- In football, The FA divides a scheme of sanction for betting of offences depending upon whether the bet is placed not on the player’s own team (starting point - warning/fine), own team (starting point - fine to 6 months), own team to lose (starting point - 6 months to life) and spot fixing on another team (starting point - 0-12 months) or involving the player (starting point - 6 months to life).
- In rugby, the guidance by Word Rugby ranges from a reprimand to life suspension with a list of aggravating and mitigating factors to be considered by the tribunal.
- In horseracing in Britain the BHA’s Guide to Procedures and Penalties 2017 addresses a distinct penalty range for each different method of breaching the Rules. With 8 years the starting point for deliberately stopping a horse for betting or personal reward, and a range of 5-25 years and a starting point of 3 years for corruption or the same penalty as would be imposed under the particular rule addressing the corrupt activity. Betting by a jockey has a starting point of 18 months, the same for an Owner who lay bets on his own horse.
The outcome of such a stark range of penalties and approach to sanction reveals that a jockey who bets on his horse to win is likely to receive a less severe penalty than a cricketer, but 3 times more than a footballer. Tom Williams’ 4-month ban for corruption in Rugby was significantly shorter than Amir’s 5 years.
These differences have effect. If a 5-year term had been imposed on Williams he would not have gone on to play for and represent England in the Sevens.
Why the Disparity?
At one level, it is obvious that the disparity of penalty exists because in each sport the SGB provides the framework for sanction. That truth aside, the more interesting question is why there is no universal agreement as to the sanction to be imposed for corruption and betting offences such as exists for cheating by doping under WADA.
The answer we suggest lies in the purpose of sporting sanctions.
The purpose of a sporting sanction is to protect and safeguard the integrity of the sport. That purpose is served by balancing the need to deter, punish, protect and to prevent the breach of the Rules found against the legitimate interests of the particular participant in involvement in the sport. The integrity of the sport is both a matter of securing fair competition but also preserving the sport. It is a legitimate factor for a disciplinary tribunal to consider what the public, participants and sponsors of a sport would consider to be a sufficient sanction to protect the reputation of the sport.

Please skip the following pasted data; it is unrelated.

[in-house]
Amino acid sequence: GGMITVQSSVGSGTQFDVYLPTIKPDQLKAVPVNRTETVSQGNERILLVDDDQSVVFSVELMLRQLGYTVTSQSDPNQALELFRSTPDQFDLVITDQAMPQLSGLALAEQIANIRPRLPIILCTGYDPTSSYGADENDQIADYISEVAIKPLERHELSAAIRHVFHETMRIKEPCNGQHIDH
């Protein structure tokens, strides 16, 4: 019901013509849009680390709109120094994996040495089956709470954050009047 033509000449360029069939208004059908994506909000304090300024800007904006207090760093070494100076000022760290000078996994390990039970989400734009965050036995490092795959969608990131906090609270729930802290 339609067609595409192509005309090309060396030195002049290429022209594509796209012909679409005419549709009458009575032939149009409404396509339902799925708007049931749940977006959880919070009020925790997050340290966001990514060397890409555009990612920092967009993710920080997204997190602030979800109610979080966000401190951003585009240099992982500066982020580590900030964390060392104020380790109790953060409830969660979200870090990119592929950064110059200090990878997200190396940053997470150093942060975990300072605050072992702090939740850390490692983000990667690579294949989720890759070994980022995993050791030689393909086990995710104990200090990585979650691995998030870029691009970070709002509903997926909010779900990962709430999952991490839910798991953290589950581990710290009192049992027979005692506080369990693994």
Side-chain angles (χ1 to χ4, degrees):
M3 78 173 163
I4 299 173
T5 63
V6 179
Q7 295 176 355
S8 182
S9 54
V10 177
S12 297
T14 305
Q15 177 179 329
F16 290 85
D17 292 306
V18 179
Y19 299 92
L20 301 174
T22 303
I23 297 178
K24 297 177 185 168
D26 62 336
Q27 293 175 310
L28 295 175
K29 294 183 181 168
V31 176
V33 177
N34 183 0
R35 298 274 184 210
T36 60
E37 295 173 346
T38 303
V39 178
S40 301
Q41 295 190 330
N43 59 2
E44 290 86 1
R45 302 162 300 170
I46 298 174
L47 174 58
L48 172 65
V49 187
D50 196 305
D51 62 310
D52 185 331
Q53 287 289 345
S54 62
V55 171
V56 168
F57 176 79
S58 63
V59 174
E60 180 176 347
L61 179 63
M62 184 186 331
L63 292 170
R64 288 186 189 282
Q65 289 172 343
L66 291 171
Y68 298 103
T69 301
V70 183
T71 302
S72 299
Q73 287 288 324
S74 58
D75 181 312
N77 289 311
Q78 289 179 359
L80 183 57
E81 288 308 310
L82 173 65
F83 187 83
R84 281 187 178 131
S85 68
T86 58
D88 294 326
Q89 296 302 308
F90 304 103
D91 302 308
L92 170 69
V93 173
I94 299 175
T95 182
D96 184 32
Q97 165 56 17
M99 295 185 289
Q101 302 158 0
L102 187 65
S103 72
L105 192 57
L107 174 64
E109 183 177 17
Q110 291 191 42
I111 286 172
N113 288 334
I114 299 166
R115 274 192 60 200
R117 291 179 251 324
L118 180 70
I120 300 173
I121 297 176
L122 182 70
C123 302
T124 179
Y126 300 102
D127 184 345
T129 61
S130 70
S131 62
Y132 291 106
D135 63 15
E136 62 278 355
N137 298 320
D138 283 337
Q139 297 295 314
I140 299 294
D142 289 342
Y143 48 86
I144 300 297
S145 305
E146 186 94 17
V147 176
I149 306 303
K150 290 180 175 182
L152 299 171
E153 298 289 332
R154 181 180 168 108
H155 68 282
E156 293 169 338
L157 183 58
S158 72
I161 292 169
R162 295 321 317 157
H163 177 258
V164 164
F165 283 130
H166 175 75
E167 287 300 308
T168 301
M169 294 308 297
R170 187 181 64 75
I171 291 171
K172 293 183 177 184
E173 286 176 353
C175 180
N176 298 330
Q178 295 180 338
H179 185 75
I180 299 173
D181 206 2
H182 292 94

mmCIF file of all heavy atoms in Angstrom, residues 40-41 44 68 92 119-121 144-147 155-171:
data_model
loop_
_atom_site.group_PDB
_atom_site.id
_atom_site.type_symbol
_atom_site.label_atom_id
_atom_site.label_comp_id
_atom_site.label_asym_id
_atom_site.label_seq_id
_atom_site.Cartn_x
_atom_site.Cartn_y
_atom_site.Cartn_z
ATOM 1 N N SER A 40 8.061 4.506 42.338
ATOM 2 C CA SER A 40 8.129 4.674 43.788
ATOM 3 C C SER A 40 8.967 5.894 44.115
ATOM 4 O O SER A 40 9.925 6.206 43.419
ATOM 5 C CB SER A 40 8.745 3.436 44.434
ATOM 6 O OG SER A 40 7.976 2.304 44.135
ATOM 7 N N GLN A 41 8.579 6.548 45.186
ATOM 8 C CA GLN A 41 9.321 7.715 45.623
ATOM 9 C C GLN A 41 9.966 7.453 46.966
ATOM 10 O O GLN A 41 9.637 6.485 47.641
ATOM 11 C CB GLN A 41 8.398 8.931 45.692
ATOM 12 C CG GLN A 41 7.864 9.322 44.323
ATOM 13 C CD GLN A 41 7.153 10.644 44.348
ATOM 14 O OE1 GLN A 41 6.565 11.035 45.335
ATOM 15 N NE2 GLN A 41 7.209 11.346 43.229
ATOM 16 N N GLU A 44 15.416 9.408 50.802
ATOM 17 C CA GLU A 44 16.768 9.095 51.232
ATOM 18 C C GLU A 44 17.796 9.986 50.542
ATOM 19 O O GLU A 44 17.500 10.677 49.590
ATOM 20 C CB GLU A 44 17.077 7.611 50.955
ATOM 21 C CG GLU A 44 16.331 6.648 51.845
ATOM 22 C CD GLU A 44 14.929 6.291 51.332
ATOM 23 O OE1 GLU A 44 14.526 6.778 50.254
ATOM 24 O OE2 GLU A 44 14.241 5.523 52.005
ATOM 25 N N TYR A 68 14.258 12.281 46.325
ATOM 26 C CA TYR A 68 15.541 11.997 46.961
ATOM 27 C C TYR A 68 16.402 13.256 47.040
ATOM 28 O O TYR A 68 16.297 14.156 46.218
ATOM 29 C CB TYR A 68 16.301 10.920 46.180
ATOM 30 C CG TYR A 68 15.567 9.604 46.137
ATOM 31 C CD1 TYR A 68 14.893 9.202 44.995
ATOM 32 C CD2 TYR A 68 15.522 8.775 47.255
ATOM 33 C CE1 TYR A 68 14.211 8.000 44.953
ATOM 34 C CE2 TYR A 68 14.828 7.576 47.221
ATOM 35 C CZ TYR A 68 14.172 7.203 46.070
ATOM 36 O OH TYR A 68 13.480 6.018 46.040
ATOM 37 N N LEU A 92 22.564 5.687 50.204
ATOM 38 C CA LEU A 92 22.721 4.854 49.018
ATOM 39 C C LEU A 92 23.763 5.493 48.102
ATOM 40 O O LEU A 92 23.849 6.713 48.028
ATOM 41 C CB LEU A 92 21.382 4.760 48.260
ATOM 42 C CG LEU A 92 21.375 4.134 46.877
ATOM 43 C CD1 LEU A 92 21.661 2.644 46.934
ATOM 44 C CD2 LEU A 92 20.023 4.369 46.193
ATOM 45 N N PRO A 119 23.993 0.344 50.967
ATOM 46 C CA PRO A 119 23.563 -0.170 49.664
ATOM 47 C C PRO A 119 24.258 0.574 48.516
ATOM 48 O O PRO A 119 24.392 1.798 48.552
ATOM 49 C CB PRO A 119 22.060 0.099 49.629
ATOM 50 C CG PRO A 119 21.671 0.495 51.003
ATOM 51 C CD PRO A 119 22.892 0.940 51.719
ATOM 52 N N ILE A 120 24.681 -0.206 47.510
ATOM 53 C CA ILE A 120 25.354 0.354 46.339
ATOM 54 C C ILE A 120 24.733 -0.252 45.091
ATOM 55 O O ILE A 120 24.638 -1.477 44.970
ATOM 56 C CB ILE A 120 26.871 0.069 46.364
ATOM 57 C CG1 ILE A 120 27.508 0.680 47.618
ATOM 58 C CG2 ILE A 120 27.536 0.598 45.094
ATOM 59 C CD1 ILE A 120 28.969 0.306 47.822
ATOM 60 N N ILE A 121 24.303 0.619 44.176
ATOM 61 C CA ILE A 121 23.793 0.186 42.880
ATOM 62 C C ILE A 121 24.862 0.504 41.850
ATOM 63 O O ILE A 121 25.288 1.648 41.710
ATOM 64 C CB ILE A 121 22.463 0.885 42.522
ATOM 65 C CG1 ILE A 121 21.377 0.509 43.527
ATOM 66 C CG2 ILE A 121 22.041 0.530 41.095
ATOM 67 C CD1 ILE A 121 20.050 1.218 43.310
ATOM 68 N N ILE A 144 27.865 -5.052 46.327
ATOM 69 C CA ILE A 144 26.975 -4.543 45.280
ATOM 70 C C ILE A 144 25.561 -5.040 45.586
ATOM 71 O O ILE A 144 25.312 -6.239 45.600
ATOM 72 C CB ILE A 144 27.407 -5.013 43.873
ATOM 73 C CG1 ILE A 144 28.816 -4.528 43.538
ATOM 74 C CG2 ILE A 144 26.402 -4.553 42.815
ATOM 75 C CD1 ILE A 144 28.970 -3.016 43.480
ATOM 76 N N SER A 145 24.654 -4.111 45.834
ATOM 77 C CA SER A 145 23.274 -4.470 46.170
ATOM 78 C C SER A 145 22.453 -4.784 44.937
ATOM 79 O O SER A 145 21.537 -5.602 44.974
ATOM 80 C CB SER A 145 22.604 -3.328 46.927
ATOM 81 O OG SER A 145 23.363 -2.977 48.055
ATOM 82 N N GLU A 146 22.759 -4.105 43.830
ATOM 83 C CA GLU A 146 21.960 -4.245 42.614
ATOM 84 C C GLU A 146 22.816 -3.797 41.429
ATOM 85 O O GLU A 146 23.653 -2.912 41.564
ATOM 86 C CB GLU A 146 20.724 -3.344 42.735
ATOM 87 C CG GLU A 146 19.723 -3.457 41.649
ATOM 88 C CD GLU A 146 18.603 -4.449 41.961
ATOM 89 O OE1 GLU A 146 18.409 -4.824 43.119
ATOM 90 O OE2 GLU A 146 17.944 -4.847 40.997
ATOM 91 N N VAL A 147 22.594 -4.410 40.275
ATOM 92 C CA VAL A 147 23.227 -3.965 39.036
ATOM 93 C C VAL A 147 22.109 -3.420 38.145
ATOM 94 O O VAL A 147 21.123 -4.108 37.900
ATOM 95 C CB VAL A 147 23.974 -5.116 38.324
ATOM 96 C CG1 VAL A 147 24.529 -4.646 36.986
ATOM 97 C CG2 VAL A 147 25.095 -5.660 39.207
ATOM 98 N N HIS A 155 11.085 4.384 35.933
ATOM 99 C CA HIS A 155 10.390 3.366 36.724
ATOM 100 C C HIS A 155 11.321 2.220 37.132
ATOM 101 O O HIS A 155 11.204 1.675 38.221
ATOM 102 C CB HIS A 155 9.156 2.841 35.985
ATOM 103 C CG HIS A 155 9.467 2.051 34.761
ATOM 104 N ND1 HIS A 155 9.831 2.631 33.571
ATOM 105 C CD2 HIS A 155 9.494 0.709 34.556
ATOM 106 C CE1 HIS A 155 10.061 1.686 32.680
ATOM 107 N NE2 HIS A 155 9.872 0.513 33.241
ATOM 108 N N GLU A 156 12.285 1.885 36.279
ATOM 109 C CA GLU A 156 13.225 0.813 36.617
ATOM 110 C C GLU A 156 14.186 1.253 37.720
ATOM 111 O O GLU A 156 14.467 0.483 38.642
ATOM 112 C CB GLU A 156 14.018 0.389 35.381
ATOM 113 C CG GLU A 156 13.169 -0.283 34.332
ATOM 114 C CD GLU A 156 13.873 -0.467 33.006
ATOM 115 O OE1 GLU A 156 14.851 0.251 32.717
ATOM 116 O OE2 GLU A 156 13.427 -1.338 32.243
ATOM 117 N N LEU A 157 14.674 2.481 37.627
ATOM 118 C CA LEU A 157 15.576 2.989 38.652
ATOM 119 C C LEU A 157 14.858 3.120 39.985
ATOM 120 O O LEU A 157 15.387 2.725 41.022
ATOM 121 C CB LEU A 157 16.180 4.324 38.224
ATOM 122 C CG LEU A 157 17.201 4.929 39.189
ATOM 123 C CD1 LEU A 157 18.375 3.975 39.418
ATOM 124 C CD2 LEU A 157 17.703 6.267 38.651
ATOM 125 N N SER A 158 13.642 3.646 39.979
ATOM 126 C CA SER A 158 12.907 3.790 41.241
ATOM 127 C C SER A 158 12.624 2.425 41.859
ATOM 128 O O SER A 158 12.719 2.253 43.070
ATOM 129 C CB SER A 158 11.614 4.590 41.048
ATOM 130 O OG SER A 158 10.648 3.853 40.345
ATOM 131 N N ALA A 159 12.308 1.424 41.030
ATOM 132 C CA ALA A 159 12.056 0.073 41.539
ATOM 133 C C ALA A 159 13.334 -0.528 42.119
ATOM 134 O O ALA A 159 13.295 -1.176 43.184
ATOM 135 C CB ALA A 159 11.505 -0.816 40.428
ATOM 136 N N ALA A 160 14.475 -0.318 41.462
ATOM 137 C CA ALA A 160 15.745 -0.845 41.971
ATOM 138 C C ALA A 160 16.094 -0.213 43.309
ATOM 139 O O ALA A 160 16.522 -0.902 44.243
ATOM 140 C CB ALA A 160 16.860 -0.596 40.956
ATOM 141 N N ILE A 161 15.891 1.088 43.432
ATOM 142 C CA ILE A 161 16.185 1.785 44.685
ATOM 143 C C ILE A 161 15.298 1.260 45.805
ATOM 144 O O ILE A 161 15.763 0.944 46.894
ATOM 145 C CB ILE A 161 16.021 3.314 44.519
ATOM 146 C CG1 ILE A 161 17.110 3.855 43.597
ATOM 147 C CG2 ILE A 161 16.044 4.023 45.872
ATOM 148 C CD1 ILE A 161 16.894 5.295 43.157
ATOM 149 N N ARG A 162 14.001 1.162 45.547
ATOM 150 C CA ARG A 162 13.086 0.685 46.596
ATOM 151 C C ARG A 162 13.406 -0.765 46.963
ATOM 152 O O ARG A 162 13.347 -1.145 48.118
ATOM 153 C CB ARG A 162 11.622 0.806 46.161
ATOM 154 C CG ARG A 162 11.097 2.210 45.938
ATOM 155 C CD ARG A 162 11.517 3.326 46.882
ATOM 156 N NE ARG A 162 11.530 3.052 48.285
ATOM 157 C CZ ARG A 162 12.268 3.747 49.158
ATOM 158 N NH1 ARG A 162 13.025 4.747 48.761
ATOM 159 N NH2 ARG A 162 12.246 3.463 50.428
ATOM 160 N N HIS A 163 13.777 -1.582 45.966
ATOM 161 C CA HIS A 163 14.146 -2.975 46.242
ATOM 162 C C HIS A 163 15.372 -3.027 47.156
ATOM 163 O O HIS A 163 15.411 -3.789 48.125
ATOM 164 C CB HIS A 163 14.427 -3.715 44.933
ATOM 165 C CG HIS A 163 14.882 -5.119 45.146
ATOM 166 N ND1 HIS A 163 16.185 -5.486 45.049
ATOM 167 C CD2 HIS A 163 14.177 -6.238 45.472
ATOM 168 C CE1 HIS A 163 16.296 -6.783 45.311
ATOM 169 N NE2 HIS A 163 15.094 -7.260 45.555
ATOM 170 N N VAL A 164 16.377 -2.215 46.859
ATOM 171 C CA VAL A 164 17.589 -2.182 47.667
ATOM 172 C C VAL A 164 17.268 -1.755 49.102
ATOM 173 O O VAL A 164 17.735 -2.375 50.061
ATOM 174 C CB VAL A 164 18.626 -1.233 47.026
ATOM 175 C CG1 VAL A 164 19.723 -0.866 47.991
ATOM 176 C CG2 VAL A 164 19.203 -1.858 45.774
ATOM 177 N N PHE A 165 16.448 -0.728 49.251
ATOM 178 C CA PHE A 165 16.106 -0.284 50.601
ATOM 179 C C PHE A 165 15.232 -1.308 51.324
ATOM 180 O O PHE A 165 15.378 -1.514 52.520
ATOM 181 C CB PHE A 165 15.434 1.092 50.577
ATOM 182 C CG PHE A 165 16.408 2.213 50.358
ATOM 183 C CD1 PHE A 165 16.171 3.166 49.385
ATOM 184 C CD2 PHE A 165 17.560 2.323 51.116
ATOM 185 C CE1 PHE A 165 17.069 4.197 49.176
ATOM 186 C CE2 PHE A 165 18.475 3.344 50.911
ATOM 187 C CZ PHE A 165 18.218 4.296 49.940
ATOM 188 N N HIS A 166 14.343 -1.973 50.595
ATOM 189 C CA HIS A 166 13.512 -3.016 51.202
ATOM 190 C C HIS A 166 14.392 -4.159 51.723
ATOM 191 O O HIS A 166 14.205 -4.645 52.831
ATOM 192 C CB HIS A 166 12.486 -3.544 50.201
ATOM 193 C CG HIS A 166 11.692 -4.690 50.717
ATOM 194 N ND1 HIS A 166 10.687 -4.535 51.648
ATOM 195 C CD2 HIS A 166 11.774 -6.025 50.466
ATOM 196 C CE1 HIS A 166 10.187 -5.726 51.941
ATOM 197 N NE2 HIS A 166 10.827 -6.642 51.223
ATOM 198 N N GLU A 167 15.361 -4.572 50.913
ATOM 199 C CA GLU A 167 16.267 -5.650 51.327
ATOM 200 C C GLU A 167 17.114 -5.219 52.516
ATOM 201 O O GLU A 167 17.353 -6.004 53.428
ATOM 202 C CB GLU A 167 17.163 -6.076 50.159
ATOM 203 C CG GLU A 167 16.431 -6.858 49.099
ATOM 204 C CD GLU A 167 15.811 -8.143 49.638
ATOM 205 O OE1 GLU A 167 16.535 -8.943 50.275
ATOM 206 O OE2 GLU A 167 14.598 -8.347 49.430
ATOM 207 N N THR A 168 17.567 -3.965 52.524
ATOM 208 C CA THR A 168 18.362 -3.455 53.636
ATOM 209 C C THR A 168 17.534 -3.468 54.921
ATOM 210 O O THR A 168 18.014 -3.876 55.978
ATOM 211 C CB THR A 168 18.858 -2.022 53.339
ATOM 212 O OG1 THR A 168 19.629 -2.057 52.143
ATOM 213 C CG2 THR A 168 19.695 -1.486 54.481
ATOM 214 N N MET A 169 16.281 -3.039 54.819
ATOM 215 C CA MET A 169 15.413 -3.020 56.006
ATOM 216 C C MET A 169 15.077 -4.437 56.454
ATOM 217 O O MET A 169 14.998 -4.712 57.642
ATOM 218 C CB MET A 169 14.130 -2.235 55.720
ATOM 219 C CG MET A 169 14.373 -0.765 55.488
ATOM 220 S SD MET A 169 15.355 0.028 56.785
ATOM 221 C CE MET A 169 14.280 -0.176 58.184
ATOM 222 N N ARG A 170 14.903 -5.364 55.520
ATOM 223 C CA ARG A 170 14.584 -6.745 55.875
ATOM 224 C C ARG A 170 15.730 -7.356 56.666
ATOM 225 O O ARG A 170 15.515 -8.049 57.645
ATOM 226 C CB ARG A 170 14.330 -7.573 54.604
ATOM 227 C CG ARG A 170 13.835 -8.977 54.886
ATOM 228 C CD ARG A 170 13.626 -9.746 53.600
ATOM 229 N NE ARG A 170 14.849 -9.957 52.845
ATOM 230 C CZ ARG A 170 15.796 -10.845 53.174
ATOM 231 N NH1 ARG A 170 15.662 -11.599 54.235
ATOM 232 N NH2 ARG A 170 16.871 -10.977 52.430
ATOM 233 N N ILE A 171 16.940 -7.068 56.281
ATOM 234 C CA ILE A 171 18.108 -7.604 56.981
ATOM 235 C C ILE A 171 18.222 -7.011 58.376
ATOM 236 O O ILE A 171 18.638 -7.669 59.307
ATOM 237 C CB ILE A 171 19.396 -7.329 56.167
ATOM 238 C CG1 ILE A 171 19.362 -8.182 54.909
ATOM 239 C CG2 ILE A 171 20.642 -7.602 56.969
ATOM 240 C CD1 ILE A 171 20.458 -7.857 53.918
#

What sanction a specific act of corruption demands is intimately related to the circumstances of the particular sport and the regulation of the sport where that regulation takes place. It is interesting to note that the Irish Jockey Eddie O’Connell’s 4-year ban for stopping a horse in an Irish race did not merit the same sanction as Eddie Ahern’s 8-year ban for stopping a horse in a British race. Whilst there are differences of fact between the two cases the former was the first case of corruption in Ireland, the latter came after a string of cases where jockeys had become involved in stopping horses. The demands of the same sport in those two jurisdictions were very different. It could be argued that the risk to the integrity of the sport was greater in Britain than Ireland and therefore the sanctions reflect the scale of the problem within the same sport but in different jurisdictions.
It should fall as no surprise therefore that between sports, sanctions are different. The key factors of relevance are these:
- The prevalence of the particular corrupt activity. A first time offence in a sport which has no history of corruption will likely be dealt with differently to a sport which is addressing a “known risk”; one might expect a harder line to be taken where the is a proven history of impact on the sport.
- The culture and reputation of the sport. In British and Irish horse racing and greyhound racing back betting by owners and trainers is a legitimate activity; lay betting on their own horses/dogs is not. A sport that has that culture is likely and does react differently to other forms of corruption and betting.
- The nature of the sport and of the competition within it. Team sports are likely to have a different position on betting and match fixing to individual sport. The former brings into disrepute the team and the player; the latter a player alone.
- The commerciality of the sport and its reputation in the marketplace. A sport that is “cleaning itself” for the purposes of attracting sponsorship may address differently the sanctions to a sport that has a clean and unblemished record.
The pros and cons of codification
There are without doubt technical and drafting difficulties in compiling a single code for corruption. Application of back betting rules and match fixing rules are not as obviously codified as might first appear.
Racing, as discussed above, allows back betting; many other sports do not. Allowing a loss in a round robin tournament phase is not necessarily corrupt and may allow a better draw in a knock out phase; a handicapping run in racing is a breach of the Rules – how betting on those two outcomes is approached is sport specific. Bearing in mind some sports rely heavily on the associated legitimate gambling and betting market to subsidise the very existence of the sport, one can foresee difficulties in reaching a consensus across governing bodies for a set of codified anti-corruption rules. In the absence of codified rules to regulate anti-corruption we feel it would be inappropriate and almost impossible for standardised sanctions.
If those difficulties were overcome would there be a benefit to such an approach?
The attraction of standardisation of sanction is clear. Every player and participant would know exactly where they stood and sport universally could portray itself as being against corruption in a common and united manner.
That attraction falls to be balanced against the traditional difficulties and concerns of individual sports. A young player in an athletically demanding sport may well complain that she should not suffer the same ban for the same activity as a participant in a sport which allows participation at high level to a mature age; whilst the length of disqualification is the same, the proportion of the sporting career that is lost is not.